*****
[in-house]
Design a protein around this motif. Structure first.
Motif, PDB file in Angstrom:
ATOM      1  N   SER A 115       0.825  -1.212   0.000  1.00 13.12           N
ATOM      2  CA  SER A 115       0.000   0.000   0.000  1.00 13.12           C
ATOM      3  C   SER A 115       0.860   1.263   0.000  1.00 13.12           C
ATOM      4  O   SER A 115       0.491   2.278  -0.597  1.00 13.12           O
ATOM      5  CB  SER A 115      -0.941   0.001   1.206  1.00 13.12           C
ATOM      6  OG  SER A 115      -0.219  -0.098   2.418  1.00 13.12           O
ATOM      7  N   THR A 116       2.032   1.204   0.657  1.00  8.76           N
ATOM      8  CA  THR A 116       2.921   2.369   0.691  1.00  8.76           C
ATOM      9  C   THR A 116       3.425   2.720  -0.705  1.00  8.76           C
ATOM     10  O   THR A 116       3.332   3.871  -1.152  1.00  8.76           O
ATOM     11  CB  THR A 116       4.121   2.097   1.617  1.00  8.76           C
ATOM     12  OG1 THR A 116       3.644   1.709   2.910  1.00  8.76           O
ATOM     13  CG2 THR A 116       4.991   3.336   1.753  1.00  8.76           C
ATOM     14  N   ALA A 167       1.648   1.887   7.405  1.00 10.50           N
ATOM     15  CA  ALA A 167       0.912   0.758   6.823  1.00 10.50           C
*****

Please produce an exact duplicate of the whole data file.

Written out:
[in-house]
Design a protein around this motif. Structure first.
Motif, PDB file in Angstrom:
ATOM      1  N   SER A 115       0.825  -1.212   0.000  1.00 13.12           N
ATOM      2  CA  SER A 115       0.000   0.000   0.000  1.00 13.12           C
ATOM      3  C   SER A 115       0.860   1.263   0.000  1.00 13.12           C
ATOM      4  O   SER A 115       0.491   2.278  -0.597  1.00 13.12           O
ATOM      5  CB  SER A 115      -0.941   0.001   1.206  1.00 13.12           C
ATOM      6  OG  SER A 115      -0.219  -0.098   2.418  1.00 13.12           O
ATOM      7  N   THR A 116       2.032   1.204   0.657  1.00  8.76           N
ATOM      8  CA  THR A 116       2.921   2.369   0.691  1.00  8.76           C
ATOM      9  C   THR A 116       3.425   2.720  -0.705  1.00  8.76           C
ATOM     10  O   THR A 116       3.332   3.871  -1.152  1.00  8.76           O
ATOM     11  CB  THR A 116       4.121   2.097   1.617  1.00  8.76           C
ATOM     12  OG1 THR A 116       3.644   1.709   2.910  1.00  8.76           O
ATOM     13  CG2 THR A 116       4.991   3.336   1.753  1.00  8.76           C
ATOM     14  N   ALA A 167       1.648   1.887   7.405  1.00 10.50           N
ATOM     15  CA  ALA A 167       0.912   0.758   6.823  1.00 10.50           C